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- updated 2014-06-13 -

Oriental Hornet
Vespa orientalis orientalis Linnaeus, 1771


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Die orientalische Hornisse Die orientalische Hornisse Die orientalische Hornisse
 Photos: Dieter Kosmeier, Zakynthos/Greek in '98

FERROELECTRIC-LIKE PROPERTIES OF HORNET STRUCTURES OR CONSTRACTION. J.S.
Ishay and L.Litinetsky. Department of Physiology and Pharmacology, Sackler, Faculty of Medicine, Tel - Aviv University, Ramat - Aviv,69978, Tel - Aviv, Israel.

...listen to the hornets here!

Various structures or constructions of the Oriental Hornet Vespa orientalis ( Hymenoptera, Vespinae) such as the cuticle, the spun silk and the comb cell walls discharge an electric current. In the dark, at a temperature range of 5 - 33° C, this current increases with rise in the temperature and decreases as the temperature drops. Between the ascending and descending "lines" of the current, a broad hysteresis is formed.þ The created current may attain a level of up to 700 nano Amperes (nA). Upon exposure to light of the hornets or its constructions, the electric current diminishes within minutes to its minimal values, no hysteresis is formed between the warming and cooling lines and the voltage increases. The event described suggest that the structures or constructures in question contain polar materials that undergo change in conformation and polarized, becoming a capacitor with layers of opposite polarization. This explains why the voltage rises and the current decreases during exposure to light, whereas in the dark (and at suitable temperature), the mentioned materials revert to a state of spontaneous polarization and gradually release, as electric current the charge that was picked up under illumination. The observed phenomena are characteristic of materials that are semiconductors endowed with ferroelectric properties. The influence of these properties on the gravity perception is discussed.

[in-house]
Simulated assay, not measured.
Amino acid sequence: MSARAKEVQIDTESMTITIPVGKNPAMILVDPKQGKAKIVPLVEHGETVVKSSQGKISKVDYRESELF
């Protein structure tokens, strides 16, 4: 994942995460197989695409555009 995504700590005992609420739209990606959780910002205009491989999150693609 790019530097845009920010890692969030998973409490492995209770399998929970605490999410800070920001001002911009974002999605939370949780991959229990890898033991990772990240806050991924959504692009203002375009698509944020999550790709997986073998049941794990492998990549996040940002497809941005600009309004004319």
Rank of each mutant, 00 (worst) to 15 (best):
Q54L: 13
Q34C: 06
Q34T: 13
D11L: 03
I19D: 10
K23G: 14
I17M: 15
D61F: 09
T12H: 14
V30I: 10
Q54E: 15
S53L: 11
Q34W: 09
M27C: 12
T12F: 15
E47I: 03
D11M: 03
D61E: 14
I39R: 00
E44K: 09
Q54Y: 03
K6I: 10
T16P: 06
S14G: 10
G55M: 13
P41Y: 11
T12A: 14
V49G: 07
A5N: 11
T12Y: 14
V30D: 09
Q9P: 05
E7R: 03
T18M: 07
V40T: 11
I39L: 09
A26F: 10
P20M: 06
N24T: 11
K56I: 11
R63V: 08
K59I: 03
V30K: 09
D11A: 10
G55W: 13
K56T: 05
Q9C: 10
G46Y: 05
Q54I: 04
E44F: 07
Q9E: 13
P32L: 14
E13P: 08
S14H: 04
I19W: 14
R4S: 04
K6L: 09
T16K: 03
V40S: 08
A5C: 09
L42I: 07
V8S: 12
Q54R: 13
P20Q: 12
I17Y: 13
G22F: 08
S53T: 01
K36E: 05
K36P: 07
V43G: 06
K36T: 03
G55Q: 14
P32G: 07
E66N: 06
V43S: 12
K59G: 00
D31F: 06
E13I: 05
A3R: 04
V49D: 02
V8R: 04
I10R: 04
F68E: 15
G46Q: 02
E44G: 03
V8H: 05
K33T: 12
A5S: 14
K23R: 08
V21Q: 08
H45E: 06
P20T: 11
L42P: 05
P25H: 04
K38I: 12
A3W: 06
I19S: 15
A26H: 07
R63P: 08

Vespa orientalis; Photo: Götz Lück in Turkey
Photo: Götz Lück, taken in Turkey


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orientalische Hornisse, Fotos: Kris Mercer, aufgenommen in 09/2002 in Mesa Chorio, Zypern orientalische Hornisse, Fotos: Kris Mercer, aufgenommen in 09/2002 in Mesa Chorio, Zypern
orientalische Hornisse, Fotos: Kris Mercer, aufgenommen in 09/2002 in Mesa Chorio, Zypern
 Photos: Kris Mercer, taken in 09/2002 in Mesa Chorio, Zypern

The first photo is a Oriental Hornet drinking milk, the second shows a hornet trying to take flight with a large piece of ham. A case of biting off more than you can fly with. The other is of hornets tucking into a raw hamburger.


Verbreitung von Vespa orientalis
 Distribution of Vespa orientalis


Fotos: Holger Martz, aufgenommen in 09/2001 in Tel Aviv im Stadtteil Raman Aviv, Israel Fotos: Holger Martz, aufgenommen in 09/2001 in Tel Aviv im Stadtteil Raman Aviv, Israel
Photos: Holger Martz, taken in 09/2001 in Tel Aviv / Raman Aviv; Israel


Ph
otos: Stephan Besche, taken in Turkey

THERMOELECTRIC EFFECT IN HORNET SILK AND THERMOREGULATION IN HORNET'S NEST